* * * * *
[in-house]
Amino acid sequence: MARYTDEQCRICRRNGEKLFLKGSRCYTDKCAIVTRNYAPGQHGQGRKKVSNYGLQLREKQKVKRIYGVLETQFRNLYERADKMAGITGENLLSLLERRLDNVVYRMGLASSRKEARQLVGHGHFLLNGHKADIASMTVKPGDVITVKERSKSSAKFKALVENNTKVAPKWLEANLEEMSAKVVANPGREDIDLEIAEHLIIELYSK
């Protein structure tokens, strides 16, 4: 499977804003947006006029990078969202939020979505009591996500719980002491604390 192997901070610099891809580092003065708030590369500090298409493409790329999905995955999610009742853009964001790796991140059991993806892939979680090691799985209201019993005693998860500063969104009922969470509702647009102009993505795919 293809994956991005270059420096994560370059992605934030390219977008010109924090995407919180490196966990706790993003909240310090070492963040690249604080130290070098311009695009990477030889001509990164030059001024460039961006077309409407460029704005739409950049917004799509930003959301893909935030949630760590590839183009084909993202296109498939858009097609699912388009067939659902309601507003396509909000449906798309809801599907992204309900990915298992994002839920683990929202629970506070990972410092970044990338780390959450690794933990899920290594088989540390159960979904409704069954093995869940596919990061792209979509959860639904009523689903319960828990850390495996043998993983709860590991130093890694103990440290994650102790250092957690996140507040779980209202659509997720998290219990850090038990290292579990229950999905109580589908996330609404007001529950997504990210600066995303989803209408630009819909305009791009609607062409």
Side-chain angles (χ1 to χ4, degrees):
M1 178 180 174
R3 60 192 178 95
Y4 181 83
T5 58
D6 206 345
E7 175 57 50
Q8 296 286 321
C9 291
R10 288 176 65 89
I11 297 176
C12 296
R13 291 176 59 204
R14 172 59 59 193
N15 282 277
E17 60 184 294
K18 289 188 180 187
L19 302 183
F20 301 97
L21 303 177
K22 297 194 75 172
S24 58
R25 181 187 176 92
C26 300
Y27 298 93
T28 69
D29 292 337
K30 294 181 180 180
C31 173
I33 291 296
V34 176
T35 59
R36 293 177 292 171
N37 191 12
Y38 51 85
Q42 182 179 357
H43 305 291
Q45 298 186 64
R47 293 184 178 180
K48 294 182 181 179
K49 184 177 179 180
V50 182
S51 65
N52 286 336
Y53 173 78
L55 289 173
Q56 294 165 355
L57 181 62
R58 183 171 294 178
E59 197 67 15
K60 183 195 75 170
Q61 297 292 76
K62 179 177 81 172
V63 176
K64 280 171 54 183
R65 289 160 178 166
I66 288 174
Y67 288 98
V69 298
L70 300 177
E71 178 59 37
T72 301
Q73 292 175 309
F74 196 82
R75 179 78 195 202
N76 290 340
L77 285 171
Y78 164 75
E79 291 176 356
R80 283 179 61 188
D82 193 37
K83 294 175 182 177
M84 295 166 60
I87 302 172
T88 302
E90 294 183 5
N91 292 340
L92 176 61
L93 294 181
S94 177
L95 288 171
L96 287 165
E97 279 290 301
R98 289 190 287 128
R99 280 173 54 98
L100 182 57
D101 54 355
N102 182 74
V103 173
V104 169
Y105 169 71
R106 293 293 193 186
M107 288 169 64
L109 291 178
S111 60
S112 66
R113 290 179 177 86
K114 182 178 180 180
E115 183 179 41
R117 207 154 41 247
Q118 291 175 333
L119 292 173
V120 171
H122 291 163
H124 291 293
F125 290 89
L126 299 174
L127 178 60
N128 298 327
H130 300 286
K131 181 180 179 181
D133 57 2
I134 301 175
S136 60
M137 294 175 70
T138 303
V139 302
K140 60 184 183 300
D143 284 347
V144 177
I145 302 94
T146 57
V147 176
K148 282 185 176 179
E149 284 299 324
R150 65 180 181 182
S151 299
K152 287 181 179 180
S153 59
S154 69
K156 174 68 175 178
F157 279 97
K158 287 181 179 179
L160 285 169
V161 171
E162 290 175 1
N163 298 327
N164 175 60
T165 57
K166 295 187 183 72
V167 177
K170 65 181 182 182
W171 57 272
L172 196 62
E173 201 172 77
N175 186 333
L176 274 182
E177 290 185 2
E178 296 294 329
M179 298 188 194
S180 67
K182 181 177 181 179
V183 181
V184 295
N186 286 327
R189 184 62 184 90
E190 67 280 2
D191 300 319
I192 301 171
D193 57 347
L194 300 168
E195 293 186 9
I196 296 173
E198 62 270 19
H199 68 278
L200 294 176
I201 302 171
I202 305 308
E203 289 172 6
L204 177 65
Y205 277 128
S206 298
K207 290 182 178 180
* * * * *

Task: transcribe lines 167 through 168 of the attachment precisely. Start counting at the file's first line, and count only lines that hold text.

E198 62 270 19
H199 68 278